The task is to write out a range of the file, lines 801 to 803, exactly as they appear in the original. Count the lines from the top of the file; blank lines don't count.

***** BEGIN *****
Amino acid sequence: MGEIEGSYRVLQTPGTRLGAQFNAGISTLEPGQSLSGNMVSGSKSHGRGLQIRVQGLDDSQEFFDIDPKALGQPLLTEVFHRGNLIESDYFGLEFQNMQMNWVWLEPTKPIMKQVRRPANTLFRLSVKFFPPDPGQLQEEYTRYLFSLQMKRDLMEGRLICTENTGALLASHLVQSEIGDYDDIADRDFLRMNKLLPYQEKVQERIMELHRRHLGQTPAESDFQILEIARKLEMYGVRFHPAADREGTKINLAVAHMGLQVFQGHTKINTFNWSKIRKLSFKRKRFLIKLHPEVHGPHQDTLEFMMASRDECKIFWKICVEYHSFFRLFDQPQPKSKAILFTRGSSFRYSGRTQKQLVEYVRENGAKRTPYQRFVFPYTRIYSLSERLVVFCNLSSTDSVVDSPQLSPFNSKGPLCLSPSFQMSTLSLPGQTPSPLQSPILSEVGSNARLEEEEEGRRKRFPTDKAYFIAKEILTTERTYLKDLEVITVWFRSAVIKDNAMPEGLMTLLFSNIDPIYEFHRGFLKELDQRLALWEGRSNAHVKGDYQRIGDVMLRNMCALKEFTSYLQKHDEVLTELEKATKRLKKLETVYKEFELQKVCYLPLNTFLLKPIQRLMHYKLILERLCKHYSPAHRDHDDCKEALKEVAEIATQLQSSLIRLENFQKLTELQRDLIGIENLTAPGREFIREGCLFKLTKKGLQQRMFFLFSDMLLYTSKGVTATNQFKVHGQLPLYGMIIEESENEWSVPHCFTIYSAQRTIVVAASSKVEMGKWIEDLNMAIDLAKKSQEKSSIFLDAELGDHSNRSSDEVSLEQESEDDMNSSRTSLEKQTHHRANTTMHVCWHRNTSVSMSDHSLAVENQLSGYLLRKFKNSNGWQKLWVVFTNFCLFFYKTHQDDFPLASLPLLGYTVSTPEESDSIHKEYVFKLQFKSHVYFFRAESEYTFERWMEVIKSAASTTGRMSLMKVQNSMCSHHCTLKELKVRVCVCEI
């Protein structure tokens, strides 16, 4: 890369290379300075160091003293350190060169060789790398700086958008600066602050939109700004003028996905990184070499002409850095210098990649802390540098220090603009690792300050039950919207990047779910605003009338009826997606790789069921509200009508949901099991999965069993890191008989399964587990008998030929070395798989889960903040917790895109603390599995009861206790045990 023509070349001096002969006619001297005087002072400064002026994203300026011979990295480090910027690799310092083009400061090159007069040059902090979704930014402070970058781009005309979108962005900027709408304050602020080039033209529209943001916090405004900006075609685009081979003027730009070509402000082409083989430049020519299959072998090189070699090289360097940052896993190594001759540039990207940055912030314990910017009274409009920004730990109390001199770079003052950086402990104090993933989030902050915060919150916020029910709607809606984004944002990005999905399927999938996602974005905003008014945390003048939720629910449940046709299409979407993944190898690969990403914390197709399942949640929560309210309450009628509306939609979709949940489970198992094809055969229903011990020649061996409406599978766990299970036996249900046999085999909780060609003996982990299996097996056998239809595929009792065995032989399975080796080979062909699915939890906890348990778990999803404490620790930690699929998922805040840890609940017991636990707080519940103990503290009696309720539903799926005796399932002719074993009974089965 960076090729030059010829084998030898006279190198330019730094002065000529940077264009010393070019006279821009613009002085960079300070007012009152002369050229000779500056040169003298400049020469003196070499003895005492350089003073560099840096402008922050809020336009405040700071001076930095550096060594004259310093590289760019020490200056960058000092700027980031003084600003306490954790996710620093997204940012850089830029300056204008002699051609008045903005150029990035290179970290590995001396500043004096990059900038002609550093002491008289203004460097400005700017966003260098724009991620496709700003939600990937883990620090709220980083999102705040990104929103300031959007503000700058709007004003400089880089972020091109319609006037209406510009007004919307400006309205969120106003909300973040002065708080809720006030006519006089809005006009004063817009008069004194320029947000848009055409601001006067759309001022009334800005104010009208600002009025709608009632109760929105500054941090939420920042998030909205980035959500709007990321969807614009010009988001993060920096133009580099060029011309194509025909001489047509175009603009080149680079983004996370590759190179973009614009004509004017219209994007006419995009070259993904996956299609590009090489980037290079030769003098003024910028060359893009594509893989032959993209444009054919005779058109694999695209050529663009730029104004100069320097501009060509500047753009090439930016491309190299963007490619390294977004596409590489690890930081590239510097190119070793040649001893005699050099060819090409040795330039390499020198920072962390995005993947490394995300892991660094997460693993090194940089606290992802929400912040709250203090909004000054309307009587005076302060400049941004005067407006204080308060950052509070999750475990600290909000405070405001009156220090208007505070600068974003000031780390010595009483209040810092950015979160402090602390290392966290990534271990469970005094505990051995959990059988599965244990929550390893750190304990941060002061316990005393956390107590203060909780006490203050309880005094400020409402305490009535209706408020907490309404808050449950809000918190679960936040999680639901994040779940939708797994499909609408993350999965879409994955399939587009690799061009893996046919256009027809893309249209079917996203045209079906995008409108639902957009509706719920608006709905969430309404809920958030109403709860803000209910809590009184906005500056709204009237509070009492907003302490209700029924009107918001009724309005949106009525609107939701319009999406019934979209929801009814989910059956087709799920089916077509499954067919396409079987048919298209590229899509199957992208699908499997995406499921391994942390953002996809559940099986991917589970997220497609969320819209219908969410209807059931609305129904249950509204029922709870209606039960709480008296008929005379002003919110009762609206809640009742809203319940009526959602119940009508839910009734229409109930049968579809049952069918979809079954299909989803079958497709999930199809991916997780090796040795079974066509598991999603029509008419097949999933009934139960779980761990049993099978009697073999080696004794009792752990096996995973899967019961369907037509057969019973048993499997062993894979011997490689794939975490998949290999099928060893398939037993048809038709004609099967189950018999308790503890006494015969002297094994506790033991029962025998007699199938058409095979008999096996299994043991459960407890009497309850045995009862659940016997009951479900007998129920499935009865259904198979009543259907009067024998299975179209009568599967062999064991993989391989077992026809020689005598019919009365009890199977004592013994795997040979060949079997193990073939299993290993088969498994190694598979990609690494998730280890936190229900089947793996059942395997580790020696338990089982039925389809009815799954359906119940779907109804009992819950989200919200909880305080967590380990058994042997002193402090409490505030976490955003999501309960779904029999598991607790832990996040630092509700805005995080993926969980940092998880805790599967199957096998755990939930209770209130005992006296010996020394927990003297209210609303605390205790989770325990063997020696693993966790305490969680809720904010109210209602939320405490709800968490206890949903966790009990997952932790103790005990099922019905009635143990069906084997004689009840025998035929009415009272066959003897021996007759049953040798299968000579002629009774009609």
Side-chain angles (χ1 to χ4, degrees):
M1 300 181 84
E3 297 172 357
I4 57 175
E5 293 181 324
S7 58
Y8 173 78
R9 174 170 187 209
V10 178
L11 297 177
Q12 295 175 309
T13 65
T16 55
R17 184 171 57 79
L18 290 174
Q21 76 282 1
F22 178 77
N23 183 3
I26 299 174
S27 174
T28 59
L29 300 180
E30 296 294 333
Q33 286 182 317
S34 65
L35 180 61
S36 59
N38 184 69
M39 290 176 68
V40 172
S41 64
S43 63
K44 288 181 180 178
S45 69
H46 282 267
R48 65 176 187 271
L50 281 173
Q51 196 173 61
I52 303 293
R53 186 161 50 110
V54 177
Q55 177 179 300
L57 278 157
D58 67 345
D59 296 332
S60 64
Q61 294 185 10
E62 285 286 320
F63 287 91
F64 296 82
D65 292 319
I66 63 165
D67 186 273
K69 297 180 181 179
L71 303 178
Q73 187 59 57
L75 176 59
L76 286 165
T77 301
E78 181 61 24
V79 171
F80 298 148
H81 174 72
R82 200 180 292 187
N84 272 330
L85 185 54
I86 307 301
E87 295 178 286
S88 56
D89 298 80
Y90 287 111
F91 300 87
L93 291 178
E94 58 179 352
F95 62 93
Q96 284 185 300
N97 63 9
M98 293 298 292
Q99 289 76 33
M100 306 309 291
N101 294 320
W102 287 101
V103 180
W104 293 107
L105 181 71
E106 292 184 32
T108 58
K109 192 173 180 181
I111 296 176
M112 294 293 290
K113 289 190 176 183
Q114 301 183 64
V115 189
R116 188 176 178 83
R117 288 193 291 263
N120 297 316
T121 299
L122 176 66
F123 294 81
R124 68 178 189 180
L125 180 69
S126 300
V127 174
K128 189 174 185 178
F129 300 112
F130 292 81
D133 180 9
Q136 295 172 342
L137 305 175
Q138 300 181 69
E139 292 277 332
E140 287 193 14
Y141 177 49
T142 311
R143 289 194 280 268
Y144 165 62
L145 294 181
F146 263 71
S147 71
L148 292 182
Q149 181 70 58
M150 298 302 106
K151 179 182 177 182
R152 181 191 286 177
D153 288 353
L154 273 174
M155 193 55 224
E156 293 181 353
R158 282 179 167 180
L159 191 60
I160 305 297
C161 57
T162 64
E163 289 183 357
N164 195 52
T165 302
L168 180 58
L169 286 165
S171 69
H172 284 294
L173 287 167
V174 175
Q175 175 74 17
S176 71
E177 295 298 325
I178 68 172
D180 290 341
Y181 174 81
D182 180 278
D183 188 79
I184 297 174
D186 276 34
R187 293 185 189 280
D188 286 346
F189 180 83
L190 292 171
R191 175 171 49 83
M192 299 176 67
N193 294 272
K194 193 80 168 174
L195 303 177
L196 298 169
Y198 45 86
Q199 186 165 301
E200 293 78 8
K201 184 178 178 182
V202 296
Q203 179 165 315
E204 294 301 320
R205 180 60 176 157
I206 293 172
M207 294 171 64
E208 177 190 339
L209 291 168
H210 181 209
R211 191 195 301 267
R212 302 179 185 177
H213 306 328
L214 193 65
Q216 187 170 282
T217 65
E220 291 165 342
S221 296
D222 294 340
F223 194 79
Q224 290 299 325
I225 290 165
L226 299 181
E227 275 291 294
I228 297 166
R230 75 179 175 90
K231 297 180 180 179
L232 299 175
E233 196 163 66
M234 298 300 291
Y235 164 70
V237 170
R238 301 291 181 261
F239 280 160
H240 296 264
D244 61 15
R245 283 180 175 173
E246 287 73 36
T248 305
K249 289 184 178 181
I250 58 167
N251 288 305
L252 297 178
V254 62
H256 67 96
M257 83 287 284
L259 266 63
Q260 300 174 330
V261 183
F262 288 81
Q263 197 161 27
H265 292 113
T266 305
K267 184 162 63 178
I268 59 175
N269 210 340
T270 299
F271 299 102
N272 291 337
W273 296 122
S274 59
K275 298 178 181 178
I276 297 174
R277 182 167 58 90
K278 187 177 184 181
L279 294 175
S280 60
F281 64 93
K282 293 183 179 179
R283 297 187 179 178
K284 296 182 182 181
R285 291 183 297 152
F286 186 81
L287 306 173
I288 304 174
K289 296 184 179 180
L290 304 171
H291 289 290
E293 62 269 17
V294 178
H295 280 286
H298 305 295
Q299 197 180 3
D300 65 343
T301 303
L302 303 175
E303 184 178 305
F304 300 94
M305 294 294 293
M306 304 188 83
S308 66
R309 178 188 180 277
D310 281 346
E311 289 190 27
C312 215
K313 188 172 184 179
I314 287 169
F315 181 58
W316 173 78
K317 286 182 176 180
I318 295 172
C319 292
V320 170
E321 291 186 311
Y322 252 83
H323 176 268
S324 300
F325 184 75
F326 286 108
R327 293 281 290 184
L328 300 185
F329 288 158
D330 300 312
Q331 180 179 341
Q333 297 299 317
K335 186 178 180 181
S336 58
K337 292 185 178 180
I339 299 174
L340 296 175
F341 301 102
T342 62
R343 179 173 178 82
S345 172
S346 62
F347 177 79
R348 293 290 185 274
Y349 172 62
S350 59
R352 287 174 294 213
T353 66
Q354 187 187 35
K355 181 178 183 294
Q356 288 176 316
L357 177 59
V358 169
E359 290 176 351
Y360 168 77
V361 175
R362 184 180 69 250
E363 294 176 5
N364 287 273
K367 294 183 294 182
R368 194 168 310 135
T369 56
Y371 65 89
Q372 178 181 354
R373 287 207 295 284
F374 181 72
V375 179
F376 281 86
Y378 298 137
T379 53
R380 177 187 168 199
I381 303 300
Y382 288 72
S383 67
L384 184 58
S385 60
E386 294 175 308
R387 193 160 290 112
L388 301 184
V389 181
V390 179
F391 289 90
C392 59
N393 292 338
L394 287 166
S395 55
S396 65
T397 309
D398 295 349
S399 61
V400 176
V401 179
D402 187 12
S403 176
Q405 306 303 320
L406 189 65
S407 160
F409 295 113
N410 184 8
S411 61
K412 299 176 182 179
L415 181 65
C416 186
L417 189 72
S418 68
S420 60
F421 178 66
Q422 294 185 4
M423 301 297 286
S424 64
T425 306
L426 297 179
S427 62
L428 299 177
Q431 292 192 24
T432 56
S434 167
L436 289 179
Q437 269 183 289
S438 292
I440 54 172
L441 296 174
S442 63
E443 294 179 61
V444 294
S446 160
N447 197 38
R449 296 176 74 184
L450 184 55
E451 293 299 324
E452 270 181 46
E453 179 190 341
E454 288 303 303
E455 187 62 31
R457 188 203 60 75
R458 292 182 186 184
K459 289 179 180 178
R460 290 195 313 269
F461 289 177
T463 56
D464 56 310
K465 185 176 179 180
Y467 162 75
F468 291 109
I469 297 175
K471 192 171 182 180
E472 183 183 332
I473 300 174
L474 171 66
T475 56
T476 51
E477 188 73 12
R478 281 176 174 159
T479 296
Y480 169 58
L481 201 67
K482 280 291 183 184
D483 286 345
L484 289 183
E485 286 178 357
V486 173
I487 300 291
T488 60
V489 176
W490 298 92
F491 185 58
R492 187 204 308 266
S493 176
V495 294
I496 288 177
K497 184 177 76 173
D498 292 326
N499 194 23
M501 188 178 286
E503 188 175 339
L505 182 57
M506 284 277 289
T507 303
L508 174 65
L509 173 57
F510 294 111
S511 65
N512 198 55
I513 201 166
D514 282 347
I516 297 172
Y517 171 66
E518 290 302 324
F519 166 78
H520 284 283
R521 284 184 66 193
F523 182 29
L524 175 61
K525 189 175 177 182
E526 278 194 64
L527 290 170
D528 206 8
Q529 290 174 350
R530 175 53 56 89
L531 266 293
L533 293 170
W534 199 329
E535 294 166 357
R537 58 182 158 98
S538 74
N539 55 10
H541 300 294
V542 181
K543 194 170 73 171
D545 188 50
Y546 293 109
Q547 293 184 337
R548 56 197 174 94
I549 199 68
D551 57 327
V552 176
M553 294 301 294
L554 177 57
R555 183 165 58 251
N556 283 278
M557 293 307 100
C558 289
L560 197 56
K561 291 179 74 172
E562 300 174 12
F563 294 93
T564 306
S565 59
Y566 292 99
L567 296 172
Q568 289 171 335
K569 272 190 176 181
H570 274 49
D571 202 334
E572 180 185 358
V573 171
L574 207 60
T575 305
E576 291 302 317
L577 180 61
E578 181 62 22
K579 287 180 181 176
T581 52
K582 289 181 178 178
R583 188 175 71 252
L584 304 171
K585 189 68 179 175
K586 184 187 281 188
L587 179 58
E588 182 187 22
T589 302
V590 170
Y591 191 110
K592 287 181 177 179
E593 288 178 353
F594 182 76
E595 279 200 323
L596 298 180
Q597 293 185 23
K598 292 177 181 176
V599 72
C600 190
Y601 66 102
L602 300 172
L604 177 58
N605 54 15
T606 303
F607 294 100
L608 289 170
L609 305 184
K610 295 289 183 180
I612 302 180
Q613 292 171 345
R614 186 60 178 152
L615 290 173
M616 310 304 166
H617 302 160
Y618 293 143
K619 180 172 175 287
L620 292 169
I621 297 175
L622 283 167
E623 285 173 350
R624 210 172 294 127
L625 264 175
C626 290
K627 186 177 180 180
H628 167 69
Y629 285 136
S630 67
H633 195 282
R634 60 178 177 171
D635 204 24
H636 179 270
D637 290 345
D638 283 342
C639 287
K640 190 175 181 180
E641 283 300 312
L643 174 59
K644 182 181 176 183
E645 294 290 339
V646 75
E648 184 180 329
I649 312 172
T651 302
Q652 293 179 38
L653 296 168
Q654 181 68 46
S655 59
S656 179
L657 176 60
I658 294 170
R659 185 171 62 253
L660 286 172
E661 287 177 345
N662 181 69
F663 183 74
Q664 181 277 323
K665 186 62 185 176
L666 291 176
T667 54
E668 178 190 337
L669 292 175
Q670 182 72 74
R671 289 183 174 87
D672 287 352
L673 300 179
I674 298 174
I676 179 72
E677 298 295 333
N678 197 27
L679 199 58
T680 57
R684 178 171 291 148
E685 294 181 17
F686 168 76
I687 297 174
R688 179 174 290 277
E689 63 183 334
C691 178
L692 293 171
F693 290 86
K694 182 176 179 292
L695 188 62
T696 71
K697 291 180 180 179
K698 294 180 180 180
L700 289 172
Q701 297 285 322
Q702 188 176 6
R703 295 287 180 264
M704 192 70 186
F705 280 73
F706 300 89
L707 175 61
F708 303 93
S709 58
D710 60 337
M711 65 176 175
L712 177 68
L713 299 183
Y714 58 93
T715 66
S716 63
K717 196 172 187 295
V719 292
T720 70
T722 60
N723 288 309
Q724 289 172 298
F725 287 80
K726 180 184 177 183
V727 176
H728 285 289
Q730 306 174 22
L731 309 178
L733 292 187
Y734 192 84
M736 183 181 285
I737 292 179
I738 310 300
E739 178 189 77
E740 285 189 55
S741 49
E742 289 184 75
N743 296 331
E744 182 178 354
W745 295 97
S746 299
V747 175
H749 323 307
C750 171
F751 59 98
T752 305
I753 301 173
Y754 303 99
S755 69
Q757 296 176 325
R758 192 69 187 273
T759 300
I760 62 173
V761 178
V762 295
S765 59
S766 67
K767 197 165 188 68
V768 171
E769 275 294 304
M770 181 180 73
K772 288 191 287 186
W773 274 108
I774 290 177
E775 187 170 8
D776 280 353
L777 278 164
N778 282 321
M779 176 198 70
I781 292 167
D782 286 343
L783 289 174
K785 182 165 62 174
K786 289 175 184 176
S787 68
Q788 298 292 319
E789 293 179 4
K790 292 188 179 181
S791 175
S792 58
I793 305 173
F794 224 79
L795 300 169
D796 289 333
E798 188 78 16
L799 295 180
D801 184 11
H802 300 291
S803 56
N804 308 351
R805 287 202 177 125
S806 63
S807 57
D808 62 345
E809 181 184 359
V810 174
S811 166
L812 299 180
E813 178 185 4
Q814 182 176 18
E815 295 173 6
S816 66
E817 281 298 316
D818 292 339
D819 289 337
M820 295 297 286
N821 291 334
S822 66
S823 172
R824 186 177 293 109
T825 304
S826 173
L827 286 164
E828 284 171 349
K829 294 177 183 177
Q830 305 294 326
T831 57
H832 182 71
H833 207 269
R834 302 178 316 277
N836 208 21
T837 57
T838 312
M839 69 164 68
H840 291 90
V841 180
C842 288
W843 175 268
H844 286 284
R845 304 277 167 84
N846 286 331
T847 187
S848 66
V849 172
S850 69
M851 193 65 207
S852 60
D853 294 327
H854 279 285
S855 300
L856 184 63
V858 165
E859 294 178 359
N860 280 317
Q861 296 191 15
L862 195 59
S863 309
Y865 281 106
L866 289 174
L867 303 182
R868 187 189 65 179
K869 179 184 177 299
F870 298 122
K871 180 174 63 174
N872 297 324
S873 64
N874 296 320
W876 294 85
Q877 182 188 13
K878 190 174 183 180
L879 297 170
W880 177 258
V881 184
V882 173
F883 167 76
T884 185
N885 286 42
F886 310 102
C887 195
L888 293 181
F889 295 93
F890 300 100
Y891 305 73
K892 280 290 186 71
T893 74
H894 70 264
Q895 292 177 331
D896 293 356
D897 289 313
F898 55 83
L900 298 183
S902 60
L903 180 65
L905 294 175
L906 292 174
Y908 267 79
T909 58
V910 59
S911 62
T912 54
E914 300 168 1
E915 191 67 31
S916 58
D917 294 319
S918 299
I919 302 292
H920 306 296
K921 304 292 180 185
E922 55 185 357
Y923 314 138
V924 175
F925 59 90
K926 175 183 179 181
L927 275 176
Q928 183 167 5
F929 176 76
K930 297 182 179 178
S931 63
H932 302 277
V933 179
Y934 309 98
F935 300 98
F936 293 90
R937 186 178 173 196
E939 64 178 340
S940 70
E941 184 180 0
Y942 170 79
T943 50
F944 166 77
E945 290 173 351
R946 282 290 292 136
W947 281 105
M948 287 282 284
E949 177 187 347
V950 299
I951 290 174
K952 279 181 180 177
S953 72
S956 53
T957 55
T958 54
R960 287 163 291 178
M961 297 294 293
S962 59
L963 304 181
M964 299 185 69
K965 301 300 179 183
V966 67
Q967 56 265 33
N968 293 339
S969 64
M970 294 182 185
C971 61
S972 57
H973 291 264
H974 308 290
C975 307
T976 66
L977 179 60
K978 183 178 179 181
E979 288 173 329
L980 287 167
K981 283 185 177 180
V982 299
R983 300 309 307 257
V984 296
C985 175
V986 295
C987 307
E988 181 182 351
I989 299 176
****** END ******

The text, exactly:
F925 59 90
K926 175 183 179 181
L927 275 176